After bombs were dropped in Gaza, I continued to see many torn and blooded little shoes, just lying there in the rubble or even collected in plastic bags. Those shoes used to belong to an innocent child, and now, they were either dead or injured, their lives changed forever. That’s when I decided to make the little shoes. It’s my way of saying why are we doing that to the children? Why are we, as a society, failing in giving the children a future worth living?


Obayda Jamal 

I think the project is very important to show the world the beauty of this occupied place and to show how strong Palestinians are despite the occupation.

What inspired me in my pieces is the spirit of the places, as a landscape photographer I see how beautiful Al-Quds is and I see people pray at the Al-Aqsa Mosque everyday, what a truly amazing place.


Abdullah Hawash: 

My favourite categories for shooting photography are city, architectural and nature photography. I took my shots a day before the recent clashes in Palestine and so it was very difficult for me to enter Al-Aqsa. The first thing I did was take 18 shots to combine it in one panoramic view. Then I turned 180 degrees towards “The Dome of the Rock” I took multiple shots of this amazing landmark. That was one of my best pieces.

On the way back I took some shots in the old city of Jerusalem, which was a combination of city, architecture and street life photography. I went to the streets to document the daily life of Palestinians, showing the simplicity of living and how they deserve to live in dignity.


Deeb Manal:

As a Palestinian living in exile since the age of 18, I have gone through many self-transformations in order to be able to cope with being away from my family and home.  From day one, making art has been an avenue in which I could vent out my daily desperation and anxiety.

The Jerusalem/Home exhibition at P21 Gallery in London provided an opportunity to show three of my well-recognised digital art pieces.  Each of the three digital arts provides a story and a history. A history that starts from the visionary that resides inside me, from Palestinians leaving their homes as refugees to a solid relationship with two artworks imprinting the “Dome of the Rock.”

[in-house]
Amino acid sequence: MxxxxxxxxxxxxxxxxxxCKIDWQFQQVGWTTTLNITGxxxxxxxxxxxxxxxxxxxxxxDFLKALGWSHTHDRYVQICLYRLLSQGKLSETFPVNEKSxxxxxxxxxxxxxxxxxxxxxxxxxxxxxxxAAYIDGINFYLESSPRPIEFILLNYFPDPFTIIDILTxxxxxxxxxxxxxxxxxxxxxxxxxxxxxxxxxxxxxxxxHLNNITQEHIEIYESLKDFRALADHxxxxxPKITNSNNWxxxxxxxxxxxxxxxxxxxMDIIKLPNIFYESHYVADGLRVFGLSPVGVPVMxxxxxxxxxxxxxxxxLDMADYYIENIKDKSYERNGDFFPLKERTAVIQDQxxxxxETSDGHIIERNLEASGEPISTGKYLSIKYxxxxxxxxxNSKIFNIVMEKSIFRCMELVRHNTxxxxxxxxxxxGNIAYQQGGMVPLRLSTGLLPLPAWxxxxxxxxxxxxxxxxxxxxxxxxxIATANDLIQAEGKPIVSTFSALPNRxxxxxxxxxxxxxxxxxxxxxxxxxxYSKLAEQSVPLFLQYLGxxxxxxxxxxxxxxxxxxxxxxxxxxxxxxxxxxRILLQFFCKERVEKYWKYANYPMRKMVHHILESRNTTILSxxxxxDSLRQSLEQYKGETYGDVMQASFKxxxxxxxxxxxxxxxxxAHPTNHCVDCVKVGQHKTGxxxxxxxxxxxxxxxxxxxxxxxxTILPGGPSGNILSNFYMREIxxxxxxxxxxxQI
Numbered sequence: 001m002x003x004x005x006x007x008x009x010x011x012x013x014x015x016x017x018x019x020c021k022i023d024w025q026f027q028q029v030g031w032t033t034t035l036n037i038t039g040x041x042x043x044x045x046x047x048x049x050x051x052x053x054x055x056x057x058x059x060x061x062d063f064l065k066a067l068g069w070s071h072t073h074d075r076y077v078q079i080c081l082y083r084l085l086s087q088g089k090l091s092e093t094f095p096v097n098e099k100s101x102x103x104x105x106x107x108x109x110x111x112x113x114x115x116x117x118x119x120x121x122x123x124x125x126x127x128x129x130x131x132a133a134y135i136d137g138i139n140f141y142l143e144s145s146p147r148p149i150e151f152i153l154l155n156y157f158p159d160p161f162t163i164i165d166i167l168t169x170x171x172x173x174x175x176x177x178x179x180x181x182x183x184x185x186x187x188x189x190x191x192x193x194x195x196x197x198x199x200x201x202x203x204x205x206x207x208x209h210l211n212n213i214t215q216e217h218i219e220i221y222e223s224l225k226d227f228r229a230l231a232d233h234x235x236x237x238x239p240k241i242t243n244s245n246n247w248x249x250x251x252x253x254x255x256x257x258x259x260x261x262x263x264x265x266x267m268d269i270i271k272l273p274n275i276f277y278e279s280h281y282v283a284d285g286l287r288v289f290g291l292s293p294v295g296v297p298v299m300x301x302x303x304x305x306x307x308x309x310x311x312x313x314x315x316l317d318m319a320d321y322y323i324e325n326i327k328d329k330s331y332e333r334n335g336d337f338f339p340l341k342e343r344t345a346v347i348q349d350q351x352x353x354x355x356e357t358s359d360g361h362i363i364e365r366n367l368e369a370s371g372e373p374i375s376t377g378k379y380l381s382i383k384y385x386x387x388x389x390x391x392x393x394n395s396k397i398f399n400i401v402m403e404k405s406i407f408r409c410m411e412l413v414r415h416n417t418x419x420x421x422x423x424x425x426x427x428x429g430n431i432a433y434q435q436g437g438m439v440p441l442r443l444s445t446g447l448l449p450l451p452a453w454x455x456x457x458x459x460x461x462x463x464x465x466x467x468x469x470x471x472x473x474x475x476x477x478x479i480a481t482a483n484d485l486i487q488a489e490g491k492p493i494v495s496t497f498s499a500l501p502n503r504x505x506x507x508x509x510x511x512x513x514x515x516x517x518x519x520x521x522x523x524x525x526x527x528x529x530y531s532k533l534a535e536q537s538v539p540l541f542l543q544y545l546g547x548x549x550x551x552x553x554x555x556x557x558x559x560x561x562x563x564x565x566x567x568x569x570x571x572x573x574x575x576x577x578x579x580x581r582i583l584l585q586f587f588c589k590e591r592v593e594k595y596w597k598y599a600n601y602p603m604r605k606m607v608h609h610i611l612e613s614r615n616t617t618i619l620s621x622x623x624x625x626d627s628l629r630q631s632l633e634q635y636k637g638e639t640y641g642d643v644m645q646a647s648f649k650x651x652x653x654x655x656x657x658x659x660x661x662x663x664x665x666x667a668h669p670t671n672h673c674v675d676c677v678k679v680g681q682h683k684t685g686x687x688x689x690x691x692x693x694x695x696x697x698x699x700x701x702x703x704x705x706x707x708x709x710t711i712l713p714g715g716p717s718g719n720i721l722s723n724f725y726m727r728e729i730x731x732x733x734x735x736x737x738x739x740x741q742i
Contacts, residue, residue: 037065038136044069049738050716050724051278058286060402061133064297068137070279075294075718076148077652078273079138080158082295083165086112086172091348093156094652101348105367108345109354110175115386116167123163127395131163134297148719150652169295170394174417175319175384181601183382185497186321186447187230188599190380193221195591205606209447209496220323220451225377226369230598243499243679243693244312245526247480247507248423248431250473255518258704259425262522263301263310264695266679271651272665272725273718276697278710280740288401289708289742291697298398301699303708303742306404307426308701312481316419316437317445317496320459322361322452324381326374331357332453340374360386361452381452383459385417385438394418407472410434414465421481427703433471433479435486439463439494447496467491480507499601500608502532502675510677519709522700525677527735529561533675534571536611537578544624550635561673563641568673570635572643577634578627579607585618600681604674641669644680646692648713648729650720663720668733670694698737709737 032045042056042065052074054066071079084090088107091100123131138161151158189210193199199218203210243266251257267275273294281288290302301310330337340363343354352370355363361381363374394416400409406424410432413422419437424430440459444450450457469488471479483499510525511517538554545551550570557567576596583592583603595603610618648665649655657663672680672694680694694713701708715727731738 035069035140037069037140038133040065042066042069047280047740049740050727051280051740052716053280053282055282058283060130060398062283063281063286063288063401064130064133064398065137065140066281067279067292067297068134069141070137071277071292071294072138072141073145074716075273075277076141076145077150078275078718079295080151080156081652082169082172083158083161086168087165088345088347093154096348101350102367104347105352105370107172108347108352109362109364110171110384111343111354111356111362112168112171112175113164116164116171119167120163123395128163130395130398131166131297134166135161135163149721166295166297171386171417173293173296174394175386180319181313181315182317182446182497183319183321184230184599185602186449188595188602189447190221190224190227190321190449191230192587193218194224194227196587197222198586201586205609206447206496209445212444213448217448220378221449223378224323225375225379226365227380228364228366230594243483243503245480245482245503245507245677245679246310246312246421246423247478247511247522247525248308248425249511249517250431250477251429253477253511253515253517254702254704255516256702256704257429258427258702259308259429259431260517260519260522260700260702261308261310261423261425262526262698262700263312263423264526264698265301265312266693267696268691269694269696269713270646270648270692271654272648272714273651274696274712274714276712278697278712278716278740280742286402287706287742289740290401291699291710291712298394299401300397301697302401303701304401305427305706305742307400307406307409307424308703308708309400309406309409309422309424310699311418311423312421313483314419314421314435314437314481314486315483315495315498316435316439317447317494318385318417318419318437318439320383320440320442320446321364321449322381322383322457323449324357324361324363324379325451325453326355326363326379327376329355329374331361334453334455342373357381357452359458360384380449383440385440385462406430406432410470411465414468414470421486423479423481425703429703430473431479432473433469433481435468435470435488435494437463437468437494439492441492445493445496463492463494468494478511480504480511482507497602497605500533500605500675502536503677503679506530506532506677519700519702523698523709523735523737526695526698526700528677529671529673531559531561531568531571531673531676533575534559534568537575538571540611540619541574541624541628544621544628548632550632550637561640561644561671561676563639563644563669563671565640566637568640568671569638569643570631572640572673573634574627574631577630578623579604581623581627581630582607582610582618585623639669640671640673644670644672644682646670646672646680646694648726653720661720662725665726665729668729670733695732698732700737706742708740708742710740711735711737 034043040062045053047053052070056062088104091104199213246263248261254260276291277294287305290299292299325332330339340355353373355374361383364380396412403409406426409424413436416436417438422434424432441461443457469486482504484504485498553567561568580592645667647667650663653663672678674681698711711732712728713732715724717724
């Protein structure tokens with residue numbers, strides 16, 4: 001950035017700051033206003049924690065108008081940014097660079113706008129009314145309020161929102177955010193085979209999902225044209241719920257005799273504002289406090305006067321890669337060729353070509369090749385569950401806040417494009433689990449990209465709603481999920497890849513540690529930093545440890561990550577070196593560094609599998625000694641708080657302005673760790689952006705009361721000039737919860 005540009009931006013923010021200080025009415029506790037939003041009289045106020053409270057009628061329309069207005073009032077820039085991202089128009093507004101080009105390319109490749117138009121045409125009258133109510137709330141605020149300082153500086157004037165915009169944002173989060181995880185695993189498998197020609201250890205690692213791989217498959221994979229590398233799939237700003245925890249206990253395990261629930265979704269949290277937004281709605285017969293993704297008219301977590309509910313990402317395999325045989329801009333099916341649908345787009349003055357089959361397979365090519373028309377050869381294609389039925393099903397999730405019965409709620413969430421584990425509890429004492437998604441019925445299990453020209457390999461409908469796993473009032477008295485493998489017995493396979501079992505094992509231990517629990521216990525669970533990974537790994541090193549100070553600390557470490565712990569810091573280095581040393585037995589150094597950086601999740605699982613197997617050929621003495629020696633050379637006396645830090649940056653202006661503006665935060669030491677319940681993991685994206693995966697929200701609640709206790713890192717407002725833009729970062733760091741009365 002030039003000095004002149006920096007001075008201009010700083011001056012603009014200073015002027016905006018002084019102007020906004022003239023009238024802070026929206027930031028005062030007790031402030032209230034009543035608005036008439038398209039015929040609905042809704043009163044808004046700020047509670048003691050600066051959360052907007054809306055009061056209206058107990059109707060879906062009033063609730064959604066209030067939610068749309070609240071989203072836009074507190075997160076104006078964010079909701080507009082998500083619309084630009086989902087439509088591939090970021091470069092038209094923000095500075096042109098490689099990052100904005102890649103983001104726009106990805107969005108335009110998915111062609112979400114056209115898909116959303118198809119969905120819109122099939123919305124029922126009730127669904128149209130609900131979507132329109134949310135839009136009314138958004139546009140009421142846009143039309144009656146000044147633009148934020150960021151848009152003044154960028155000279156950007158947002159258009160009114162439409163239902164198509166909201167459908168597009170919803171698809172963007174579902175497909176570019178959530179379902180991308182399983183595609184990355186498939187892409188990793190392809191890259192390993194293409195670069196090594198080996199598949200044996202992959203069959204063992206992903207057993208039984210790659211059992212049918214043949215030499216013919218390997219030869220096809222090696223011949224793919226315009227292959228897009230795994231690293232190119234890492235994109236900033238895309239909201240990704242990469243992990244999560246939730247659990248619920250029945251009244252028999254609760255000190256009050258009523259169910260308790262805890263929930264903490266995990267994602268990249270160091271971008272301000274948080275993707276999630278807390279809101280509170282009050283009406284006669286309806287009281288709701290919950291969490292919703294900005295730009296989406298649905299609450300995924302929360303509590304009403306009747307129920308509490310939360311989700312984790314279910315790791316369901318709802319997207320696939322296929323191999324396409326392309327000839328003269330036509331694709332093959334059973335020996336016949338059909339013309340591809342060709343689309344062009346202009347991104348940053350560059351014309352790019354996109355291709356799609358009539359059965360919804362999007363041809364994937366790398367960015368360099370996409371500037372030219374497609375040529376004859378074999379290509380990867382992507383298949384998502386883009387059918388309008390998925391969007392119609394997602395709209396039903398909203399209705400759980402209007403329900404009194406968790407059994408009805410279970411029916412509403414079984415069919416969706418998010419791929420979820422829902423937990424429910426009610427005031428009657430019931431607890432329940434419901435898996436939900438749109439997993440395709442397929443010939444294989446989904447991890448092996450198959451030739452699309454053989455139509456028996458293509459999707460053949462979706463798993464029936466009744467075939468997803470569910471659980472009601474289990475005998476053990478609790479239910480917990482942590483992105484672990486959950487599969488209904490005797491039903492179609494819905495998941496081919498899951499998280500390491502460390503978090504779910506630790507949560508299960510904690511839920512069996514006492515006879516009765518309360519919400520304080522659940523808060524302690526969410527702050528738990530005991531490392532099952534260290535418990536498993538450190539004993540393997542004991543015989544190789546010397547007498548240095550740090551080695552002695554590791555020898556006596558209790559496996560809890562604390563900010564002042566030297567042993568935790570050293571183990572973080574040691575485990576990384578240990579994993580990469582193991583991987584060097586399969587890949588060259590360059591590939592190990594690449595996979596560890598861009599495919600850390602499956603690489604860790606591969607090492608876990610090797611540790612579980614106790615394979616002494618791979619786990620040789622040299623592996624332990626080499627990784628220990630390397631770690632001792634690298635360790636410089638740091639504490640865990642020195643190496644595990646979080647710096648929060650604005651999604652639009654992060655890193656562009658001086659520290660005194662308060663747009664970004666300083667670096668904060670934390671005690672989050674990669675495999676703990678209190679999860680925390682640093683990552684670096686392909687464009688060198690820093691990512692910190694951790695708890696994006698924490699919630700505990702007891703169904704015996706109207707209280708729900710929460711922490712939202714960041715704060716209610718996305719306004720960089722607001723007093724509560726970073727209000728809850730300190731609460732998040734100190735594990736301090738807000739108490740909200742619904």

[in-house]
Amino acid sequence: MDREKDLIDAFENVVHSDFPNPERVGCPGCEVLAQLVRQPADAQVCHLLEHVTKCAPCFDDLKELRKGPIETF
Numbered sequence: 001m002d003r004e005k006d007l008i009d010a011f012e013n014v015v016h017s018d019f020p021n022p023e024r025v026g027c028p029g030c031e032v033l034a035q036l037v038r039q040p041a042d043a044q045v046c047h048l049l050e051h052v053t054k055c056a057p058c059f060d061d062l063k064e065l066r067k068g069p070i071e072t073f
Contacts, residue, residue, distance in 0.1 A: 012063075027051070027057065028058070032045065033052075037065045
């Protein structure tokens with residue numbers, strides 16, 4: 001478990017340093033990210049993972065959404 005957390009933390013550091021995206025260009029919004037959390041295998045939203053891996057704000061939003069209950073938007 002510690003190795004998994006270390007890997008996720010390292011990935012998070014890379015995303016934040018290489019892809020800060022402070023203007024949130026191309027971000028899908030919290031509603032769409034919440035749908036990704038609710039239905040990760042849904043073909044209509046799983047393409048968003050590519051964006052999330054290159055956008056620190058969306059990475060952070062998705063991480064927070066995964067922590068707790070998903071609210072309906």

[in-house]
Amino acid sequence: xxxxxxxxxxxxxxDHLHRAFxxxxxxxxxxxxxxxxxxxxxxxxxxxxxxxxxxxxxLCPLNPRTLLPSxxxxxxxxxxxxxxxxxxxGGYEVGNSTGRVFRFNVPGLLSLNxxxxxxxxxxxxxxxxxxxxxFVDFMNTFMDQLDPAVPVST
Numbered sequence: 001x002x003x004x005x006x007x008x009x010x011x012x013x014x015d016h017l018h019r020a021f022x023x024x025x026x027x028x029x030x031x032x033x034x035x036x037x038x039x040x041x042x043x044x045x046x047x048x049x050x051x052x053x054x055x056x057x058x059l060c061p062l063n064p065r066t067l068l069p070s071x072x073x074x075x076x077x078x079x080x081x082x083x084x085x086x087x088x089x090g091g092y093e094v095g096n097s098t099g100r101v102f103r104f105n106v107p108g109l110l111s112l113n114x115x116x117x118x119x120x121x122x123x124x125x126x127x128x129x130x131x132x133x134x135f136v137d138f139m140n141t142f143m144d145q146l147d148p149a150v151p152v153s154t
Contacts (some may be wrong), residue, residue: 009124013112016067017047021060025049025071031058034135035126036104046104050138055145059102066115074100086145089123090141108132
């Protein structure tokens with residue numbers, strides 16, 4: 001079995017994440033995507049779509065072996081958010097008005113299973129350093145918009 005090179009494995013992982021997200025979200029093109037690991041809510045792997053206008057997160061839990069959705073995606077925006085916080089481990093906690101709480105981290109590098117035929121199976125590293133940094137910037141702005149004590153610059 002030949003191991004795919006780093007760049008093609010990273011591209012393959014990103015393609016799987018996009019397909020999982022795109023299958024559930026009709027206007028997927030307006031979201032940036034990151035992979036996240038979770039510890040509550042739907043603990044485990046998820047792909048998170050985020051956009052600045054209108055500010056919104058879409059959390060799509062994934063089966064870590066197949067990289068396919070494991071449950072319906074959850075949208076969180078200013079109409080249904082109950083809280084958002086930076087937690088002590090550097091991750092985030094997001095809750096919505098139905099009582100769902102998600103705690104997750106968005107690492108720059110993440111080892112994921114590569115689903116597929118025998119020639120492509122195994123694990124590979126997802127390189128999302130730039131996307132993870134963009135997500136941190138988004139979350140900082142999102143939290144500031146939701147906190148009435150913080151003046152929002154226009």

Ranjena Gohel: 

My work explores my fascination with the meaning of home and homelands, adaptation to homelessness and depravation of national identity. I want to captures the yearning of people who make their own way, people who make their own homes, against all odds, against all predictions, fuelled and energised by the hope for a better life. It captures the relationships between the inhabitants and the spirit of community.

The UN reported that the refugee crisis is the biggest crisis since the Second World War. There are counties with social infrastructure at breaking point with the influx of people uprooted from their own homelands and making their homes in informal settlements characterised by makeshift housing and squalor. The residents suffer from a lack of clean water, sanitation and electricity but most importantly, mental and physical security.

I want to be able to remind all of us that our homes provides more than a roof over our heads and that we all deserve a safe and secure place to call home.